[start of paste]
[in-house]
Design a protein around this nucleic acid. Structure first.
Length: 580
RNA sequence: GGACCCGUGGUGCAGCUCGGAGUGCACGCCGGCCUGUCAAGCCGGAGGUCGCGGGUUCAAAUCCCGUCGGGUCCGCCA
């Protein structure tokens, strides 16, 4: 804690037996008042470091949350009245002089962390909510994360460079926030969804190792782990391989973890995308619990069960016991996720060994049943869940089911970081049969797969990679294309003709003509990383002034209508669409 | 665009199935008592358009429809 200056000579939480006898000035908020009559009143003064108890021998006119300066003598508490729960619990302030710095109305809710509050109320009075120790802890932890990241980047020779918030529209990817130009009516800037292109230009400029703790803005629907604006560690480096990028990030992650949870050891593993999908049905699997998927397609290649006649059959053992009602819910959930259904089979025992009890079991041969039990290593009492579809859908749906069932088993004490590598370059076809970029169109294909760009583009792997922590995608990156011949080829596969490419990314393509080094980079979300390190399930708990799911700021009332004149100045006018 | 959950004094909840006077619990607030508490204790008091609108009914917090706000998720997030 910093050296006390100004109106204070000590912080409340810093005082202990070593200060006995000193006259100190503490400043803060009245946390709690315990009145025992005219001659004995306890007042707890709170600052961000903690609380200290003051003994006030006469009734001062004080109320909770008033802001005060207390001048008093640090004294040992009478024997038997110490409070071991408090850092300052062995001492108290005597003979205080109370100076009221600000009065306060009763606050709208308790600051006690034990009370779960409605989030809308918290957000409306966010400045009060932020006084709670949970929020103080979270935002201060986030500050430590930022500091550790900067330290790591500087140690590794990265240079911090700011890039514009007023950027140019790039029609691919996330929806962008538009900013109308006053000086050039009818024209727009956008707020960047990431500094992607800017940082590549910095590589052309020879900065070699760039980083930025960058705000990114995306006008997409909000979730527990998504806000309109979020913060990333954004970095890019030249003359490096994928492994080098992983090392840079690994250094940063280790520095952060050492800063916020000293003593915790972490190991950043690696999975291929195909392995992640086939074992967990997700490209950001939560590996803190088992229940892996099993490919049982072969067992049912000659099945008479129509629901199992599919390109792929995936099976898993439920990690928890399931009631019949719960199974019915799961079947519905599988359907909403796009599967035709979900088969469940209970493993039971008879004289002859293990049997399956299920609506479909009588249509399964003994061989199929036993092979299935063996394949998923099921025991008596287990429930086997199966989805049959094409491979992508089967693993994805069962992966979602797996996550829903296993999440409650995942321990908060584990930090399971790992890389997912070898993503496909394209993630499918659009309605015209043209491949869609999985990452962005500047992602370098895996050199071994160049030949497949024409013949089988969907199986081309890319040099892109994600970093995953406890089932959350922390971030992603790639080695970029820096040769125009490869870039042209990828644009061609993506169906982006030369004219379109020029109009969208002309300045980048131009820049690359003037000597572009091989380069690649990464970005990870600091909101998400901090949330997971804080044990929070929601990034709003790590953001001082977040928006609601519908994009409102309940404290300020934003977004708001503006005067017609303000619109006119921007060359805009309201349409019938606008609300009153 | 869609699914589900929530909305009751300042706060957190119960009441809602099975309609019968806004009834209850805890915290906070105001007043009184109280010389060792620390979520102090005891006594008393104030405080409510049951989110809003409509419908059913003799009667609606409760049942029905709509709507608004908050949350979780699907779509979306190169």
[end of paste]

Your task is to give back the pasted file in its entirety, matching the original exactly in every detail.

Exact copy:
[in-house]
Design a protein around this nucleic acid. Structure first.
Length: 580
RNA sequence: GGACCCGUGGUGCAGCUCGGAGUGCACGCCGGCCUGUCAAGCCGGAGGUCGCGGGUUCAAAUCCCGUCGGGUCCGCCA
């Protein structure tokens, strides 16, 4: 804690037996008042470091949350009245002089962390909510994360460079926030969804190792782990391989973890995308619990069960016991996720060994049943869940089911970081049969797969990679294309003709003509990383002034209508669409 | 665009199935008592358009429809 200056000579939480006898000035908020009559009143003064108890021998006119300066003598508490729960619990302030710095109305809710509050109320009075120790802890932890990241980047020779918030529209990817130009009516800037292109230009400029703790803005629907604006560690480096990028990030992650949870050891593993999908049905699997998927397609290649006649059959053992009602819910959930259904089979025992009890079991041969039990290593009492579809859908749906069932088993004490590598370059076809970029169109294909760009583009792997922590995608990156011949080829596969490419990314393509080094980079979300390190399930708990799911700021009332004149100045006018 | 959950004094909840006077619990607030508490204790008091609108009914917090706000998720997030 910093050296006390100004109106204070000590912080409340810093005082202990070593200060006995000193006259100190503490400043803060009245946390709690315990009145025992005219001659004995306890007042707890709170600052961000903690609380200290003051003994006030006469009734001062004080109320909770008033802001005060207390001048008093640090004294040992009478024997038997110490409070071991408090850092300052062995001492108290005597003979205080109370100076009221600000009065306060009763606050709208308790600051006690034990009370779960409605989030809308918290957000409306966010400045009060932020006084709670949970929020103080979270935002201060986030500050430590930022500091550790900067330290790591500087140690590794990265240079911090700011890039514009007023950027140019790039029609691919996330929806962008538009900013109308006053000086050039009818024209727009956008707020960047990431500094992607800017940082590549910095590589052309020879900065070699760039980083930025960058705000990114995306006008997409909000979730527990998504806000309109979020913060990333954004970095890019030249003359490096994928492994080098992983090392840079690994250094940063280790520095952060050492800063916020000293003593915790972490190991950043690696999975291929195909392995992640086939074992967990997700490209950001939560590996803190088992229940892996099993490919049982072969067992049912000659099945008479129509629901199992599919390109792929995936099976898993439920990690928890399931009631019949719960199974019915799961079947519905599988359907909403796009599967035709979900088969469940209970493993039971008879004289002859293990049997399956299920609506479909009588249509399964003994061989199929036993092979299935063996394949998923099921025991008596287990429930086997199966989805049959094409491979992508089967693993994805069962992966979602797996996550829903296993999440409650995942321990908060584990930090399971790992890389997912070898993503496909394209993630499918659009309605015209043209491949869609999985990452962005500047992602370098895996050199071994160049030949497949024409013949089988969907199986081309890319040099892109994600970093995953406890089932959350922390971030992603790639080695970029820096040769125009490869870039042209990828644009061609993506169906982006030369004219379109020029109009969208002309300045980048131009820049690359003037000597572009091989380069690649990464970005990870600091909101998400901090949330997971804080044990929070929601990034709003790590953001001082977040928006609601519908994009409102309940404290300020934003977004708001503006005067017609303000619109006119921007060359805009309201349409019938606008609300009153 | 869609699914589900929530909305009751300042706060957190119960009441809602099975309609019968806004009834209850805890915290906070105001007043009184109280010389060792620390979520102090005891006594008393104030405080409510049951989110809003409509419908059913003799009667609606409760049942029905709509709507608004908050949350979780699907779509979306190169």